“Hydrogen deployment as a clean energy source is one of the key solutions to help the UK reach its net zero targets and I strongly believe there is an opportunity to this, working collaboratively across industry and government to land projects and infrastructure on a timeline that serves stakeholder and customers’ needs,” Toogood said.

Business Secretary Kwasi Kwarteng is also expected to announce a fresh round of funding for the sector at the Hydrogen Investment Summit later today, as the government looks to boost investor confidence in the emerging sector and deliver on its ambition to have 1GW of electrolytic hydrogen in operation or construction by the end of 2025.

Meeting that ambition, according to BEIS, would see the UK produce enough hydrogen to fuel up to 45,000 buses a year, while helping support the transition away from “costly” fossil fuels.

It could also help put the UK on track to become a “world-leading hydrogen economy”, capable of attracting billions of pounds in inward investment and supporting 12,000 jobs across the country, BEIS said.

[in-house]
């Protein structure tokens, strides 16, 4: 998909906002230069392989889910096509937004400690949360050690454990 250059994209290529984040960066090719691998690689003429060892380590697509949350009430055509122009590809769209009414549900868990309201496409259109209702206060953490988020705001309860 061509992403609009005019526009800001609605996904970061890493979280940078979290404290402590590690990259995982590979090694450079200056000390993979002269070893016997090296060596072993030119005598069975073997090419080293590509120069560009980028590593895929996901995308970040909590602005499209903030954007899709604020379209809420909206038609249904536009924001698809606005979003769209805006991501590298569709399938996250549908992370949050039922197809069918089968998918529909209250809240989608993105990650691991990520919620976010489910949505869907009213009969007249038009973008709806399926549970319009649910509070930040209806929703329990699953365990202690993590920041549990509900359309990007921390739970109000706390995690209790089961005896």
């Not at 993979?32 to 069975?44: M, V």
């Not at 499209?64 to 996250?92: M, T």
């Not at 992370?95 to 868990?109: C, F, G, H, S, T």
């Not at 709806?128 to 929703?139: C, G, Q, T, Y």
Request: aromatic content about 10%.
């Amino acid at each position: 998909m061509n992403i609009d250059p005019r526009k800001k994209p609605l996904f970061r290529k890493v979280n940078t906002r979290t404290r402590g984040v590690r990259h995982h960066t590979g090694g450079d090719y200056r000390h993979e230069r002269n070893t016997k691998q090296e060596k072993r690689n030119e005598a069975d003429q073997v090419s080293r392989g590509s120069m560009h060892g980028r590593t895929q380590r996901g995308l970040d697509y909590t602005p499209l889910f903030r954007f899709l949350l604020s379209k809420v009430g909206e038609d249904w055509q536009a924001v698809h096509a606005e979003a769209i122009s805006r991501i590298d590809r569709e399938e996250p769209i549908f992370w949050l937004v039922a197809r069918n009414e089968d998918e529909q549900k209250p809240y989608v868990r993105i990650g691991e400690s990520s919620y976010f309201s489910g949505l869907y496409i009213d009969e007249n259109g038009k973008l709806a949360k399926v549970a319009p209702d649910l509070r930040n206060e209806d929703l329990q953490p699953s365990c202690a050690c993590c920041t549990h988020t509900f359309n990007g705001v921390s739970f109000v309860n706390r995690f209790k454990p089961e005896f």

As an example, Kwarteng hailed Johnson Mattthey’s £80m investment plan this week as a “major vote of confidence” in the UK, which would add to the country’s growing electric vehicle supply chain, while also helping secure “hundreds of highly skilled jobs”.

“The UK’s hydrogen sector is open for business,” Kwarteng said. “With the right investment, we can unlock the enormous potential of hydrogen by reindustrialising our economy and ending our dependency on expensive fossil fuels.

“The new funding represents an important step forward in realizing this potential, and I look forward to working with Jane Toogood as our new Hydrogen Champion, ensuring industry and government are aligned to accelerate hydrogen production as a clean, home grown energy source – boosting our energy security and creating jobs.”

Among the documents published by the government today are a new Sector Development Action Plan and an update on progress towards delivering last year’s Hydrogen Strategy.

Moreover, BEIS has published an “R&D innovation brochure” to provide guidance to industry on how funding for hydrogen research projects can be accessed, as well as guidance to help interested parties access the Net Zero Hydrogen Fund.

The government’s said that taken together the new plans and guidance would help further strengthen the policy and regulatory landscape for the domestic hydrogen sector, while building up momentum in the market and providing certainty for investors and industry alike.